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Author Topic: Thoughts regarding use of Rust and Haskell for building a blockchain  (Read 583 times)
ataraxiaceleste
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June 17, 2020, 05:41:37 PM
Last edit: June 18, 2020, 11:08:24 PM by ataraxiaceleste
 #1

What are your thoughts regarding Haskell and Rust? Do you think it allows us to be productive while writing high-quality code? What are the programmers most common experiences while using these languages especially in the field of Blockchain development?
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June 17, 2020, 09:16:40 PM
Merited by pooya87 (1)
 #2

I think Rust might have a chance to eventually become a viable alternative to native C/C++ programming over the next few years, but I'm afraid Haskell will remain more of a niche thing. I'm mostly basing this assumption on Rust having a larger following then Haskell despite being the younger of the two, also from what I've gathered Rust appears to be much more performant which for crypto is not unimportant.

In general it would be interesting to see a shift towards functional programming not only in crypto but in other fields as well. Having only meddled with functional programming on pet projects I can't say much on how well it scales with a growing codebase though.

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June 18, 2020, 03:23:57 AM
 #3

a high quality, performant,... code is not about what language you choose but it is all about your personal skills at writing code in that language. you can write crappy code that runs extremely slowly in C or C++ while writing something that runs very fast in python for instance.
generally speaking there is no good answer to the question about whether language x is good for doing y. in most cases they are unless you can't write the code for doing y properly. the blockchain technology is no different.

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June 18, 2020, 04:25:33 AM
 #4

Rust and Haskell as Functional Programming languages are supposed to be free of the potential exploits and bugs that Turing completeness entails. While reading about Simplicity, i came across this paradigm of functional programming, which btw explains the unfamiliar "types" and combinators in simplicity. (Unfamiliar to me who uses programming tools like C and Python for rudimentary tasks and not for building products per se).

I am unable to find the link to a talk being given by a company founder about this who said that with FP, you wouldn't risk things like the parity bug. I am still learning more about it and to me the whole concept currently sounds a bit esoteric with the interesting history behind lamba calculus. Alonzo Church who invented lamba calculus was the doctoral guide to Alan Turing. While Turing's programming paradigm with Turing machine became dominant, Alonzo's FP paradigm remained niche and has only recently begun to get traction.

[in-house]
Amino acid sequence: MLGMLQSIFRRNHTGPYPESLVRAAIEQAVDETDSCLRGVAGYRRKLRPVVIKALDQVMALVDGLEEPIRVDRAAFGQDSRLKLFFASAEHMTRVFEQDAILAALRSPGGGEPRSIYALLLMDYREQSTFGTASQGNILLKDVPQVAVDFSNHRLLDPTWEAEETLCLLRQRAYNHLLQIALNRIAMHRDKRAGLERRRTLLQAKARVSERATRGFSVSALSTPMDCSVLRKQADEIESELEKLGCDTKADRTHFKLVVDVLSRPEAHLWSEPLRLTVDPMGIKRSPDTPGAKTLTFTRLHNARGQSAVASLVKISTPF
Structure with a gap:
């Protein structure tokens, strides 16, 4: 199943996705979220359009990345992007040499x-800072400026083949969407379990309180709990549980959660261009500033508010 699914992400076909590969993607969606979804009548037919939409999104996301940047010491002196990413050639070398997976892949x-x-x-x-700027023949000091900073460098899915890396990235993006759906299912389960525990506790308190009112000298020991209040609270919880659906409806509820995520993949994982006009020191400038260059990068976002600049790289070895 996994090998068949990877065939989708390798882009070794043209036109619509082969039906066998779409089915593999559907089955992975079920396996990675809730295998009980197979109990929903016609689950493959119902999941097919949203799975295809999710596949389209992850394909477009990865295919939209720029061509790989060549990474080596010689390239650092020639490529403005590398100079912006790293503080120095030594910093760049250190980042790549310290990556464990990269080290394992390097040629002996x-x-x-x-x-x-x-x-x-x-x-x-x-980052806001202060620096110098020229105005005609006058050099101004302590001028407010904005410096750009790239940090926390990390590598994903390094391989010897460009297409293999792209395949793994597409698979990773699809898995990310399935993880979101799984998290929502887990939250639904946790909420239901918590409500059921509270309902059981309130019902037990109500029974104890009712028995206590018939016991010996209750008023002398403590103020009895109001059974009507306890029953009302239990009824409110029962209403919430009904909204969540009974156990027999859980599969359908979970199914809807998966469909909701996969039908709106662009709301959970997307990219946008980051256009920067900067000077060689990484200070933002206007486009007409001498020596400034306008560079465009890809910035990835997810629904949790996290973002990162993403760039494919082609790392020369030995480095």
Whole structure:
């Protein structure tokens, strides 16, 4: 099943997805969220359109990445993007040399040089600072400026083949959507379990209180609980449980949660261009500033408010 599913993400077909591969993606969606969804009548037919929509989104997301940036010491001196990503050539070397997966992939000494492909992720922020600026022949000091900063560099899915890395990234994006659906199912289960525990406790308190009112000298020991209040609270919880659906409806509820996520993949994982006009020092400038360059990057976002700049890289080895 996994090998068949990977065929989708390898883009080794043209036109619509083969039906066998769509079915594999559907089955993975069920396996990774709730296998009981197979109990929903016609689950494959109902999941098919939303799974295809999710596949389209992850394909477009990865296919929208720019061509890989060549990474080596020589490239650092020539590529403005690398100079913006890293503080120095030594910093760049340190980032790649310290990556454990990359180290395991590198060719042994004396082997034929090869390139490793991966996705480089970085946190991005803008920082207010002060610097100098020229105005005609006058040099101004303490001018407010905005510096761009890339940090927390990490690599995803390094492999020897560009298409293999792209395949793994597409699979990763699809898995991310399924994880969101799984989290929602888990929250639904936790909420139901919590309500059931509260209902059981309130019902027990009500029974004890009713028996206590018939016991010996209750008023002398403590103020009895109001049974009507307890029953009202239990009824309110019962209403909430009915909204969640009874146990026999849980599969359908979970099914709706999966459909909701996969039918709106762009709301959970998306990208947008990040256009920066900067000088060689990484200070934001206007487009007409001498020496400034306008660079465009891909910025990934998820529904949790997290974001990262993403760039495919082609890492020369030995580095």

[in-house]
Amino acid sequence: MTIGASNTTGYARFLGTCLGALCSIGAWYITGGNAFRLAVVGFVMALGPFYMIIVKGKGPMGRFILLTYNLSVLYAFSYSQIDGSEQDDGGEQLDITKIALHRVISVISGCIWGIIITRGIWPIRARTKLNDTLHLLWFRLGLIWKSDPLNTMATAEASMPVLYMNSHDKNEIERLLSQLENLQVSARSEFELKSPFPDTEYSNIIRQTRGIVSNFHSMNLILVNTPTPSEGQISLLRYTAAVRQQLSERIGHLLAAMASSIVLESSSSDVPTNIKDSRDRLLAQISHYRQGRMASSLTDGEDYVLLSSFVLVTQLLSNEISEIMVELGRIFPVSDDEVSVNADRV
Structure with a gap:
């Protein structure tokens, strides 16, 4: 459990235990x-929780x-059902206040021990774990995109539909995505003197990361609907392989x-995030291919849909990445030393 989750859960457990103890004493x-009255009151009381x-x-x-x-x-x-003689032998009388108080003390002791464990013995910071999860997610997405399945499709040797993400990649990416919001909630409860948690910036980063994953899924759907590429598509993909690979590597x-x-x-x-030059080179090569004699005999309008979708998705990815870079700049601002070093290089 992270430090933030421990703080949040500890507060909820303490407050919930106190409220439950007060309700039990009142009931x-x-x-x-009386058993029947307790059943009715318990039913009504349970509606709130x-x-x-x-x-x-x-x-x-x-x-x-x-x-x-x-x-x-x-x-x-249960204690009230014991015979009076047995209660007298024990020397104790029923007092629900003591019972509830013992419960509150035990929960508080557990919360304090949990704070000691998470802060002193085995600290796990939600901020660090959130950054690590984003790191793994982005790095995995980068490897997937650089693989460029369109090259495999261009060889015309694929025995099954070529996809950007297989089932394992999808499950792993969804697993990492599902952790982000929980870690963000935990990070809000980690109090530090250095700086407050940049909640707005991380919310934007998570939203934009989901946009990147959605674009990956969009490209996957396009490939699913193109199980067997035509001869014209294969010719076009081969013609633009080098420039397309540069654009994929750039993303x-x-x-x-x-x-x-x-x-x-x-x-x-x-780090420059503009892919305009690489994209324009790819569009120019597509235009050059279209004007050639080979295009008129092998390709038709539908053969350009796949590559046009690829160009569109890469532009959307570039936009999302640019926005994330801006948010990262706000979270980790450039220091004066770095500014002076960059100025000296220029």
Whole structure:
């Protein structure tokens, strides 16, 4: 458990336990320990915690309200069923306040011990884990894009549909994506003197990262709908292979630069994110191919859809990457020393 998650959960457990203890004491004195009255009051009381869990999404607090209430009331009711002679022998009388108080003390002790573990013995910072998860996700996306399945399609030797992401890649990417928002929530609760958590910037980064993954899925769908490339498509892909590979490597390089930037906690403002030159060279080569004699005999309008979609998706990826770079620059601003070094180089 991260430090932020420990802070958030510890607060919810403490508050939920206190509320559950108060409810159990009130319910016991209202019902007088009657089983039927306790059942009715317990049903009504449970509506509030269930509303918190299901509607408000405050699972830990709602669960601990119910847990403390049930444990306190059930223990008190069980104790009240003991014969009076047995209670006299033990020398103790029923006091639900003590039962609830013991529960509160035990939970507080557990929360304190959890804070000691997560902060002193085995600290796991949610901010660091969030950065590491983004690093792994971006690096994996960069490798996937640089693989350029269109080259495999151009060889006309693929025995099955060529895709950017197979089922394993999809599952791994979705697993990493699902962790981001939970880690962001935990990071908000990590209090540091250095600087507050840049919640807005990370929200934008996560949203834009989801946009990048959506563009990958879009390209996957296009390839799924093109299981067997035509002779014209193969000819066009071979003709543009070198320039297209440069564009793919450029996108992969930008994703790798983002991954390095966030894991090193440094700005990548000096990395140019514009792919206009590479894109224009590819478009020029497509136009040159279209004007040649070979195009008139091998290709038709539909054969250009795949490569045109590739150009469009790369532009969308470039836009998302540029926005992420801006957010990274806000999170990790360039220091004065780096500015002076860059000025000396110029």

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June 18, 2020, 01:50:53 PM
Merited by HeRetiK (1)
 #5

There's a discussion about using Rust for Bitcoin reference implementation at https://bitcointalk.org/index.php?topic=5192509.0

While i don't know much about Rust and Haskell, AFAIK it'd be hard find developer or contributor who're experienced in Rust rather than C or C++.

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June 18, 2020, 02:57:24 PM
 #6

Haskell would be great for concisely expressing the consensus model, e.g. a function

validWork :: [Block] -> Either String Int

that either returns an error message in case of an invalid history, or the cumulative difficulty in case of a valid history,
written for maximum clarity rather than maximal performance,
could serve as a formal specification of the consensus model.
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June 18, 2020, 05:55:25 PM
 #7

While i don't know much about Rust and Haskell, AFAIK it'd be hard find developer or contributor who're experienced in Rust rather than C or C++.

Yeah, it's a bit of a chicken-egg problem unfortunately.

Without experienced developers around, companies have little reason to add Rust or Haskell to their stack. Without companies hiring Rust or Haskell developers, the opportunity to become experienced in either language is very limited. There's probably a bigger market for Ada, COBOL... maybe even Fortran.

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June 18, 2020, 11:59:16 PM
 #8

I recently came across this ( https://medium.com/@johncantrell97/how-i-checked-over-1-trillion-mnemonics-in-30-hours-to-win-a-bitcoin-635fe051a752 ) very cool "experiment" this person did by checking over 1 Trillion mnemonics in 30 hours to win a BTC. According to him, to test a single mnemonic we would have to generate a seed from the mnemonic, master private key from the seed, and an address from the master private key. He basically wrote a CPU benchmark tool, version in Rust to benchmark performance of a CPU solver to guage how long it would take to solve on a CPU for a certain number of unknown words.  

He even open sourced all of the projects he used to solve this problem.
pooya87